Other materials and set-ups:

  • a display set-up for the class (e.g., overhead projector and screen, smart- or promethium-board, etc.)
  • materials for class display include all student handouts listed above, as well as the following:
    • original letter from Dr. Augusta to President Lincoln (PDF)

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Class 1 Procedures:

[Note: The Class 1 starts with an assumption that students have a basic knowledge of the American Civil War and slavery. If needed, teachers may incorporate an introduction or an overview of these two subjects before or during this class.]

  1. Use the Capable But NOT Allowed transparency/handout, and guide students to share experiences of others limiting what they can do. See Teacher's Capable But NOT Allowed for suggested discussion guide.
  2. Connect those personal experiences to other groups by asking students to identify groups who were allowed few opportunities in the United States during the American Civil War (1861-1865)—e.g., African Americans, Native Peoples, or women.
  3. Focus on the African Americans and ask students to name some notable African Americans who lived and fought against slavery during the Civil War and their accomplishments—e.g., Frederick Douglas, Harriet Tubman, African American soldiers, etc.
  4. Tell students that they will add to that knowledge by learning about African American doctors and nurses who, despite prejudice and discrimination, served the country, helped other African Americans who fought for their freedom during the U.S. Civil War, and helped expand the roles African Americans could play.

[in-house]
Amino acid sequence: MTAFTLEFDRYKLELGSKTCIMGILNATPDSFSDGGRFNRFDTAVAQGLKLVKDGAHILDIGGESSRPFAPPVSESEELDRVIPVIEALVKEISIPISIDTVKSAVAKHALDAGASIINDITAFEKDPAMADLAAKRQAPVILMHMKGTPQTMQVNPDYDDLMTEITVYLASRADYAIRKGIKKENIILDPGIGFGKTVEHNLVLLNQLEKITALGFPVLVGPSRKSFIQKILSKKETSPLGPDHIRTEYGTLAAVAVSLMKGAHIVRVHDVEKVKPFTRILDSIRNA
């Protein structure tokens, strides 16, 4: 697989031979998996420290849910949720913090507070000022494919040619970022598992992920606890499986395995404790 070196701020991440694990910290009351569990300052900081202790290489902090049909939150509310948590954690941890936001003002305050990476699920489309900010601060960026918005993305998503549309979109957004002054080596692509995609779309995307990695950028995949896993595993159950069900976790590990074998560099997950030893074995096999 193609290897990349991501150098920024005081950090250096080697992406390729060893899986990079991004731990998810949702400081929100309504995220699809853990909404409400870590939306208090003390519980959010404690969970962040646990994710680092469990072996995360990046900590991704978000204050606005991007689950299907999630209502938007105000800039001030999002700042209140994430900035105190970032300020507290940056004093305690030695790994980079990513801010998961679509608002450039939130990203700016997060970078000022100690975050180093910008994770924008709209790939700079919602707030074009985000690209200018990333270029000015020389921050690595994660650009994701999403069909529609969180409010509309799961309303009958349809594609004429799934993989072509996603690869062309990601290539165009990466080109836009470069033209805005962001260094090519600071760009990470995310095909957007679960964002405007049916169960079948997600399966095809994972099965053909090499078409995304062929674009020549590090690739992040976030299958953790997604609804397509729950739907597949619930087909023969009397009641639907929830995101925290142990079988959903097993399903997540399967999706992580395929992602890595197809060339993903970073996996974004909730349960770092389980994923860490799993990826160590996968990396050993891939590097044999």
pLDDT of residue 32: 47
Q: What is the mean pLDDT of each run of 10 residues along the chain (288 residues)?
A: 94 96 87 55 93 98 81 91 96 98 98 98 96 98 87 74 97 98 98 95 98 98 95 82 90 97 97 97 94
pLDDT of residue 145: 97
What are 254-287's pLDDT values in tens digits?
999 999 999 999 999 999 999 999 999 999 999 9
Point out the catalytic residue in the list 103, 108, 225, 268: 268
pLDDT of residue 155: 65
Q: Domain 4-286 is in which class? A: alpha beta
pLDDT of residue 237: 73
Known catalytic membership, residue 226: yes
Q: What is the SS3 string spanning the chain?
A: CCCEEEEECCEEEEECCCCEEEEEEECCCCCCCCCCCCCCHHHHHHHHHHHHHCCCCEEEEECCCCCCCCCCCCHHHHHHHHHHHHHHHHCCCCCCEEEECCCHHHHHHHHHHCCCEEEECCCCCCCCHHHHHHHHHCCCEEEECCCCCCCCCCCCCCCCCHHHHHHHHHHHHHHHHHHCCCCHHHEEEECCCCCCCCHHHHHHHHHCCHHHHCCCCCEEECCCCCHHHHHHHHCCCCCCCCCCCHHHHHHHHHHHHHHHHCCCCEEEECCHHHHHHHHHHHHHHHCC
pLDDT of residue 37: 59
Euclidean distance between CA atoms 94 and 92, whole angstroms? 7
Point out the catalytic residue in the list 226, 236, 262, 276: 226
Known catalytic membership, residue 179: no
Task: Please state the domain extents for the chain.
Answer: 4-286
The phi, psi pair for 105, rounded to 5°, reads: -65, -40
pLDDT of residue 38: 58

5. Ask students why being a doctor or a nurse is considered a difficult job and a difficult one to learn. What does it take to become one? Can anyone become a doctor or nurse? Guide students in thinking about what might have been different during the time of the Civil War, and explain that they will be learning about how African Americans became doctors and nurses during the war.
  6. Display the original letter from Dr. Augusta to President Lincoln and tell students that the letter was written in1863 by an African American doctor. (Optional: If appropriate, explain to students an original historical document such as this letter is called a "primary source.").
  7. Replace the original letter with its transcript for better legibility and read it aloud for the class, allowing students to follow the text visually and auditorily.
  8. Have students volunteer any information they gathered from the read-aloud and assess level of vocabulary support needed.
    [Optional: If strong vocabulary support is needed, conduct the following letter examination as a teacher-guided activity, during which some words are reviewed and defined as needed using the Vocabulary List for Dr. Augusta's Letter handout.]
  9. Project and review the What the Letter Tells Us worksheet as a class first, then distribute copies of the letter transcript, Vocabulary List for Dr. Augusta's Letter, and What the Letter Tells Us to each student.
  10. Have students work in pairs to read the letter closely and complete their What the Letter Tells Us.
  11. Debrief by having student pairs volunteer their answers to the questions on the worksheet. See notes on the Teacher's What the Letter Tells Us for a discussion guide.
  12. Class 1 Evaluation: Collect the completed What the Letter Tells Us worksheets from the students for evaluation.

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Class 2 Procedures (and Class 3 if needed)

  1. Return the What the Letter Tells Us worksheets to students, review the information gathered, and summarize the key aspects of the letter. Using the Teacher's What the Letter Tells Us, focus on the substantive questions, numbers 3 and 6-8.
  2. Tell students that they will learn more about Dr. Augusta by reading a short biographical sketch that highlights his life as a military surgeon during the American Civil War.
  3. Display and hand out copies of the biographical sketch of Alexander T. Augusta. Review the title, quote, and the image as a class, and then assign volunteers to read aloud a paragraph each.
  4. Distribute copies of Reading Summary of a Biographical Sketch and use it to guide students' reading and comprehension. See Teachers Reading Summary of a Biographical Sketch) for a discussion guide.